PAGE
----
Chevron report 0908

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Chevron report (microarray analysis), CJ Tsai
Leaf Chemistry: Leaf phenolics analysis was not proposed in the original work plan, but was
initiated as supplemental study to determine whether the genotypes selected for xylem gene
expression analysis also differ in their foliar phenolics. The analysis focused on two major nonstructural phenolics pools in Populus, namely condensed tannins (CT) and phenolic glycosides
(PG). CT and PG play important roles in
defense and stress management of Populus.
Their levels vary among Populus species and
genotypes, and can constitute up to 35% leaf
dry weight in some cases. Indeed, even with
the relatively small collection of 12 genotypes,
considerable variation in foliar phenolics was
observed (Fig. 1). CT levels ranged from ~5%
to ~12%, whereas PG levels varied between 0
and ~4%. The data suggest that leaf chemistry
offers promising trait for future association
genetics study to identify marker genes
Fig. 1. Foliar phenolics vary between genotypes.
important for tree growth and fitness.
Microarray analysis: Developing xylem tissues (as well as leaves described above) from 36
poplar trees derived from 12 unrelated genotypes were harvested at the GreenWood Resources
on August 15, 2007. The sampling took place within a 3-hour window (11 am to 2 pm) to
minimize environmental variation. RNA was extracted from xylem tissues by the CTAB protocol
and Cy3-labeled cRNA targets were prepared using Agilent’s Low RNA Input Fluorescent Linear
Amplification Kit. A total of 36 whole-genome microarray hybridizations were performed using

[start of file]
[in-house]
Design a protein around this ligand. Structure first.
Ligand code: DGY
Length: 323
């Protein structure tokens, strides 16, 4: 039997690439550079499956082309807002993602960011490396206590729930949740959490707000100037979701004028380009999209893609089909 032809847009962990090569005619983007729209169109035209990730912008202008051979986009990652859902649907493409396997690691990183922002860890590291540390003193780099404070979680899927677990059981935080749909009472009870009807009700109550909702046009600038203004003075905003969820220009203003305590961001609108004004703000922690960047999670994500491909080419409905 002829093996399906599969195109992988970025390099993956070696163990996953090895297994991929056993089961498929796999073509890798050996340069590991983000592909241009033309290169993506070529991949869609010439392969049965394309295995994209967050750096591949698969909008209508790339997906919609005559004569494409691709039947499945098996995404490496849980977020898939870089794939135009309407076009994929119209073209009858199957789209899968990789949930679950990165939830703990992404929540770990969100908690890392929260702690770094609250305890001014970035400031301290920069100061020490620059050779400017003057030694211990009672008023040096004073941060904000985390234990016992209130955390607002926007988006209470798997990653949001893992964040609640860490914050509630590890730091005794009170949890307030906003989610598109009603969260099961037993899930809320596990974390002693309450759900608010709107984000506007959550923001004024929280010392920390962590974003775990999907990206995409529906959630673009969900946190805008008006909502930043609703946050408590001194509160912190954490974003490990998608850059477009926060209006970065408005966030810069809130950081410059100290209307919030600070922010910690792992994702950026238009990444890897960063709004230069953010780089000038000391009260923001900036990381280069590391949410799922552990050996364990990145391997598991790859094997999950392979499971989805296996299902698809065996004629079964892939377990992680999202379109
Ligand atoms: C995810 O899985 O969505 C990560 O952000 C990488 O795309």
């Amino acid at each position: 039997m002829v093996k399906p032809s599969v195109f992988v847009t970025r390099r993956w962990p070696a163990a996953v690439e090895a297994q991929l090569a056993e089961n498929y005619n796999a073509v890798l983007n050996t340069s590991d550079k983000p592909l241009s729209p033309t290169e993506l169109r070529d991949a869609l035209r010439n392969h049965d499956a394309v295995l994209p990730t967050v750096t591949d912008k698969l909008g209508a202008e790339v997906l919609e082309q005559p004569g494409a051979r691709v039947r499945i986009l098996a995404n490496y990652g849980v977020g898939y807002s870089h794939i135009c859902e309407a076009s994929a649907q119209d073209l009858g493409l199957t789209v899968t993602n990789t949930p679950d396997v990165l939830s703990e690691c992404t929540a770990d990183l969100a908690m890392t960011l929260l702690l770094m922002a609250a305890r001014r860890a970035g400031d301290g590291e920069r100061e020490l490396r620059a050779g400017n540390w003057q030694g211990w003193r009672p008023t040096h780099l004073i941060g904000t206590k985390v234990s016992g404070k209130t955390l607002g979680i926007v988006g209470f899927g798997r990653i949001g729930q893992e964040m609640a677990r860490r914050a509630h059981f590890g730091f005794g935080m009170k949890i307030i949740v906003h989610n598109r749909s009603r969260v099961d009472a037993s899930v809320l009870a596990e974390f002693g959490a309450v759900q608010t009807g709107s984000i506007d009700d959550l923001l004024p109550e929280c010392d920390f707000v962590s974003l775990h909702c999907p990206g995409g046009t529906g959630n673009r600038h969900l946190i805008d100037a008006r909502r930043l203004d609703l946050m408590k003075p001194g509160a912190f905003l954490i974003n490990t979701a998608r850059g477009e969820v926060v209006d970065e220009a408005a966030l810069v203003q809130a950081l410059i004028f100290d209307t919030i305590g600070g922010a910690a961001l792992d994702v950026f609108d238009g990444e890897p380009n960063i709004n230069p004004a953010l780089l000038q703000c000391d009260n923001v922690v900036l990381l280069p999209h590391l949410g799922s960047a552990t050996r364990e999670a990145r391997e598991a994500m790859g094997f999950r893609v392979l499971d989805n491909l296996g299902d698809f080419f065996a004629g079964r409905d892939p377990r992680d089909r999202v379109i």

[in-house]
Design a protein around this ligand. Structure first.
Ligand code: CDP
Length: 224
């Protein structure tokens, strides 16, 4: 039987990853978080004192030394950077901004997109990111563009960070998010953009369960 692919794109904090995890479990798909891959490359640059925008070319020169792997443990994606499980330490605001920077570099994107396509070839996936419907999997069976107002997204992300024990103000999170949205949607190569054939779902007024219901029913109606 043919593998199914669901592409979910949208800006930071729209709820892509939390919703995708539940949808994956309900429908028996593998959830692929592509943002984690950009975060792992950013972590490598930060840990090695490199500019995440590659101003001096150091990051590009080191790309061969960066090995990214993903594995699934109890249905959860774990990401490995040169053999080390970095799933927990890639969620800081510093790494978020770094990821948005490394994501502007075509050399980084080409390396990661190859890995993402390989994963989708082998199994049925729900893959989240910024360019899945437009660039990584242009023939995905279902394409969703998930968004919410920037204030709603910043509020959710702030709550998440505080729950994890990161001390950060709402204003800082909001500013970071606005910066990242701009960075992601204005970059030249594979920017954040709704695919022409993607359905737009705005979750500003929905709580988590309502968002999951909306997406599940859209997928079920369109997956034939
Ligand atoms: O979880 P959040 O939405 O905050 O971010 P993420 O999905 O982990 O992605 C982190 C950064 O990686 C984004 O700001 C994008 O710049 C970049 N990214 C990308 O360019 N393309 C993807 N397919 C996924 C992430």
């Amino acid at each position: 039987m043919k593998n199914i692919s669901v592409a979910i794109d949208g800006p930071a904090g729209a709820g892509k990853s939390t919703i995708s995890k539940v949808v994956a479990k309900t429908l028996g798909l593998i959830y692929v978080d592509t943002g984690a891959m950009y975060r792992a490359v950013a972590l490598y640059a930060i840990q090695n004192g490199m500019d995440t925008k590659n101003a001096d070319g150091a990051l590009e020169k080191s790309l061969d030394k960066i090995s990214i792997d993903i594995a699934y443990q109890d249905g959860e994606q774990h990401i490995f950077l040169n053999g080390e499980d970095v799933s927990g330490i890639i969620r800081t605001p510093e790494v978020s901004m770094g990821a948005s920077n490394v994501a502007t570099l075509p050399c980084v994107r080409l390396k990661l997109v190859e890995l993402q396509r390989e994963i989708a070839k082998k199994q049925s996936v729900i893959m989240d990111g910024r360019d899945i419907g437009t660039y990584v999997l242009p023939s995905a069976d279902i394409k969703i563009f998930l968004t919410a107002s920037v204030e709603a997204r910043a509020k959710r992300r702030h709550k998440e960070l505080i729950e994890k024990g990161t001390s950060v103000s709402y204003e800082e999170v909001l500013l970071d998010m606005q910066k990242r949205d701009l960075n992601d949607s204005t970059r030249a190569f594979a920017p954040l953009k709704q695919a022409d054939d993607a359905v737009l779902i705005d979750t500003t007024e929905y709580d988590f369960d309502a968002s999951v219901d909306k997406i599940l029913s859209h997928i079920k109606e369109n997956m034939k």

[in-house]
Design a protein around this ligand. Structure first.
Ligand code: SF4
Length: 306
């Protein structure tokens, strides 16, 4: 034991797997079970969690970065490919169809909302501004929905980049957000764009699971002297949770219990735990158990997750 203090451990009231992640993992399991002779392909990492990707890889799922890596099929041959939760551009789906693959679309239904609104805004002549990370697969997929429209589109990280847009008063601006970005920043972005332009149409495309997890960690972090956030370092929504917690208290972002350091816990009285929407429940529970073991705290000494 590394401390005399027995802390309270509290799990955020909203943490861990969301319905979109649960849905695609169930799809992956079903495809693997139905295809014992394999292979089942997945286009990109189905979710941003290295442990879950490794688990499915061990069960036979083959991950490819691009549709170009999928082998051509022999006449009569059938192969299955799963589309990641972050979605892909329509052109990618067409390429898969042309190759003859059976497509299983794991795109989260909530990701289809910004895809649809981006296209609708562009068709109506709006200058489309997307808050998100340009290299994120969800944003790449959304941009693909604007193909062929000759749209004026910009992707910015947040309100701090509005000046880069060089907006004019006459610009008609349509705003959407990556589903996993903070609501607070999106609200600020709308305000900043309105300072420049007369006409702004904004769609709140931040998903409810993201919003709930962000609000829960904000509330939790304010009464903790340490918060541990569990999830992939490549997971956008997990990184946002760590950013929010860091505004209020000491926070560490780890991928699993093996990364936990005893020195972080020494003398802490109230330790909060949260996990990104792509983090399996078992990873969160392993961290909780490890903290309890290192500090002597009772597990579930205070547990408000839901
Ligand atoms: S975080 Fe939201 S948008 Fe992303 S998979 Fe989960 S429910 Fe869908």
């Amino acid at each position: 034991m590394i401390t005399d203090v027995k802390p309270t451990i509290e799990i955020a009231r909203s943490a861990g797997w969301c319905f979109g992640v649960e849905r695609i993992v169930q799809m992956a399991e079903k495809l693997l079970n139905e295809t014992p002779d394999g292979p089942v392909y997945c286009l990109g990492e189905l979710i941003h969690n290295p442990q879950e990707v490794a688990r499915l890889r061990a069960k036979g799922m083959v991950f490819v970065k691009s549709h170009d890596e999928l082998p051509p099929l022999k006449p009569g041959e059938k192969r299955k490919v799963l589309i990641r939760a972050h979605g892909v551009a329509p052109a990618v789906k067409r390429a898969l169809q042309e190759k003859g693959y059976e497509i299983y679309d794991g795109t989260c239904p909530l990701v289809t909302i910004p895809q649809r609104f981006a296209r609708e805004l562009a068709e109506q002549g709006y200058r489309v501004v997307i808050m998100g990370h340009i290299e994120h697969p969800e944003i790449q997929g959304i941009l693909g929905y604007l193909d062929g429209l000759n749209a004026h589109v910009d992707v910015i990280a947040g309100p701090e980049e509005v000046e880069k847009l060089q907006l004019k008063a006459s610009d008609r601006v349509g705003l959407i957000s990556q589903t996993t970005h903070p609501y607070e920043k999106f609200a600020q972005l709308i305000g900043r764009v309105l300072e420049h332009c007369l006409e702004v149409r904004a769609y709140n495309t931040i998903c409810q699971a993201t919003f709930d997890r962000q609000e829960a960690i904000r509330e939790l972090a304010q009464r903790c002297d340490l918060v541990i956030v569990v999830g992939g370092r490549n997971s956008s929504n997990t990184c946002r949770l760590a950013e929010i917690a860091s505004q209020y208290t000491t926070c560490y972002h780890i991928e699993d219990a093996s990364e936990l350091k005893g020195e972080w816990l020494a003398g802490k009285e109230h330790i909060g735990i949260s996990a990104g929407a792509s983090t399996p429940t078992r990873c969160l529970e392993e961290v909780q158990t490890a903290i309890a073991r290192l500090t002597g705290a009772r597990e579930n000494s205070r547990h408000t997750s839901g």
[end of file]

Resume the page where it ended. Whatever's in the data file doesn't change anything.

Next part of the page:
the Agilent poplar array that contains ~45,000 features and represents 43,665 nuclear gene
models, 130 organelle genes, 6 common reporter genes and ~1400 Agilent controls for various
quality control purposes.
The overall hybridization quality was good.
Hybridization signals from ~20,000 probes were
detected in all 36 samples, with ~10,700 probes
passing a within-clone coefficient-of-variance (CV)
cutoff of 50%. Approximately 8,000 probes showed
statistically significant differences in their expression
(false discovery rate p = 0.05), when compared
between genotypes. Interestingly, the two genotypes
showing the most between-tree variation in foliar
chemistry (clones 9586 and 9919, Fig. 1) also
exhibited more variation in xylem gene expression
levels between replicates (Fig. 2). The data are in
support of a systems-level association between gene
expression and phenotypic attributes.
Fig. 2. Principal component analysis of the 36
samples (12 clones x 3 replicates), based on
expression values of 8,089 significant genes.
Associations between xylem gene expression and MBMS-derived wood chemistry traits (e.g.,
lignin content and lignin S-to-G ratio) were explored. One limitation for such analysis at the
present time is the relatively small collection of genotypes for which microarray data were
obtained, and the relatively narrow range of variation in their wood chemistry traits relative to the
large population (>1,000) sampled for MBMS analysis. For instance, lignin content varied from
15.8% to 27.5% within the large population, but ranged between 20.8% to 23.3% among the 12
genotypes used for microarray analysis. Likewise, the lignin S-to-G ratio differed by two-fold (1.2
to 2.4) within the large population, but ranged between 1.7 and 2.2 among the 12 clones.
Nevertheless, candidate genes exhibiting a significant Pearson correlation (p < 0.05) with lignin
content or S-to-G ratio were identified. Examples include a fasciclin-like arabinogalactan protein
Involved in cell wall remodeling, one-carbon metabolism pathway genes (e.g., Sadenosylmethionine decarboxylase and serine hydroxymethyltransferase) involved in lignin
biosynthesis, and various transcription factors. The microarray dataset thus represents a rich
resource for genetical genomics-based identification of marker genes.
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